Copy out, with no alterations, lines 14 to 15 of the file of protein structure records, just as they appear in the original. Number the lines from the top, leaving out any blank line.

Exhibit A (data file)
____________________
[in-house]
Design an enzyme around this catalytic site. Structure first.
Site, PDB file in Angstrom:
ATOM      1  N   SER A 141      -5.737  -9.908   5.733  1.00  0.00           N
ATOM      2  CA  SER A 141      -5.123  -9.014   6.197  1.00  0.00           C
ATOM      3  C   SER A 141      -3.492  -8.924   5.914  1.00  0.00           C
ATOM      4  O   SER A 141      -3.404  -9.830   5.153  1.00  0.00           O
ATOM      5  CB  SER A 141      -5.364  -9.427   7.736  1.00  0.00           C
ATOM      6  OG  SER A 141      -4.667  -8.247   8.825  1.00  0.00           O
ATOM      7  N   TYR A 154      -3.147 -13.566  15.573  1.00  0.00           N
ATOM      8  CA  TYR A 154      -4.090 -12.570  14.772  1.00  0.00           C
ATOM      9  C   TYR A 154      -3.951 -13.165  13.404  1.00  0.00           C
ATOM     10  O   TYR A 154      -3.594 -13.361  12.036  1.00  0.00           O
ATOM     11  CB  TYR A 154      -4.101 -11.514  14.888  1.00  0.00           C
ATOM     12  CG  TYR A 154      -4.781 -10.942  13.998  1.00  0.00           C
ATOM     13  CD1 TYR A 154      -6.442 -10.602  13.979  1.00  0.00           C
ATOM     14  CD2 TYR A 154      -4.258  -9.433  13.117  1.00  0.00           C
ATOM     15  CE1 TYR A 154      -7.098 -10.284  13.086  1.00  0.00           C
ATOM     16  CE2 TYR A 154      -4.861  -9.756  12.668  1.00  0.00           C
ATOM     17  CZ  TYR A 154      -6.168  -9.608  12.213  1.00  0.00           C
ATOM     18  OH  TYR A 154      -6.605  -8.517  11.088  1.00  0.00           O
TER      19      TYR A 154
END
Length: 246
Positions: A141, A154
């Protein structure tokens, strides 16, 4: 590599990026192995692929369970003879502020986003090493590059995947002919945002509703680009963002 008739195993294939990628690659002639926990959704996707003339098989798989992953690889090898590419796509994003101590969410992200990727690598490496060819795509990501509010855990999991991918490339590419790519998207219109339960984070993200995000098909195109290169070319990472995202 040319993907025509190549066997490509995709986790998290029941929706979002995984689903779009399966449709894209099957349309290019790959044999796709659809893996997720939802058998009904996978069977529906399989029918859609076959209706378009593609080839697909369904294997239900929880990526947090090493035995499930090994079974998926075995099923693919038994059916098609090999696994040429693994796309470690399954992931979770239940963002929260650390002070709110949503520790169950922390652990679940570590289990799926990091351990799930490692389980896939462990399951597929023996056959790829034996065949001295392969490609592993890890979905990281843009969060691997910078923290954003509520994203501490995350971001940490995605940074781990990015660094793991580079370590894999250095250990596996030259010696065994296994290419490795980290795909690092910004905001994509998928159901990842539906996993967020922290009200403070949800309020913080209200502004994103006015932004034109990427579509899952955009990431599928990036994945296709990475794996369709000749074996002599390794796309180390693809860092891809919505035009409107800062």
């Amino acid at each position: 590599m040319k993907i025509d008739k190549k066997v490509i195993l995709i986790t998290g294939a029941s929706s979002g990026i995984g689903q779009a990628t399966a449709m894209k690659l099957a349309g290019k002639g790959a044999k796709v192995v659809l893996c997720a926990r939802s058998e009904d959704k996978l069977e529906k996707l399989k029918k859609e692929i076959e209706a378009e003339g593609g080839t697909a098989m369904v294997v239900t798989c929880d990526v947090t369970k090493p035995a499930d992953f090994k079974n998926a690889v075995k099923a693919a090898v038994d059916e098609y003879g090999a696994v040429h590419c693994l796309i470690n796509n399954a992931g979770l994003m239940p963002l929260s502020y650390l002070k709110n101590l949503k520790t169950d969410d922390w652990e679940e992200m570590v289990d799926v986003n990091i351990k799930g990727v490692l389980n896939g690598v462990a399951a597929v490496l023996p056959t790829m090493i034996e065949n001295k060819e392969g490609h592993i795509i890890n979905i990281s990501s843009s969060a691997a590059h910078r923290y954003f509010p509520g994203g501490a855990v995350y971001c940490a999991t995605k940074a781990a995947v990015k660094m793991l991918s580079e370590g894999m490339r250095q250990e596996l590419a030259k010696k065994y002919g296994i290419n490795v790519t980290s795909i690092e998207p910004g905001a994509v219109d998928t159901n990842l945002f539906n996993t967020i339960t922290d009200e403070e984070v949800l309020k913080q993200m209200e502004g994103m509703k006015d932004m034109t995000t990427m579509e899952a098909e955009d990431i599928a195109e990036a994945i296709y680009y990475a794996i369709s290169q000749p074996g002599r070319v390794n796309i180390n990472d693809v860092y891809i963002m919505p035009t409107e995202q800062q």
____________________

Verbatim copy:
ATOM     11  CB  TYR A 154      -4.101 -11.514  14.888  1.00  0.00           C
ATOM     12  CG  TYR A 154      -4.781 -10.942  13.998  1.00  0.00           C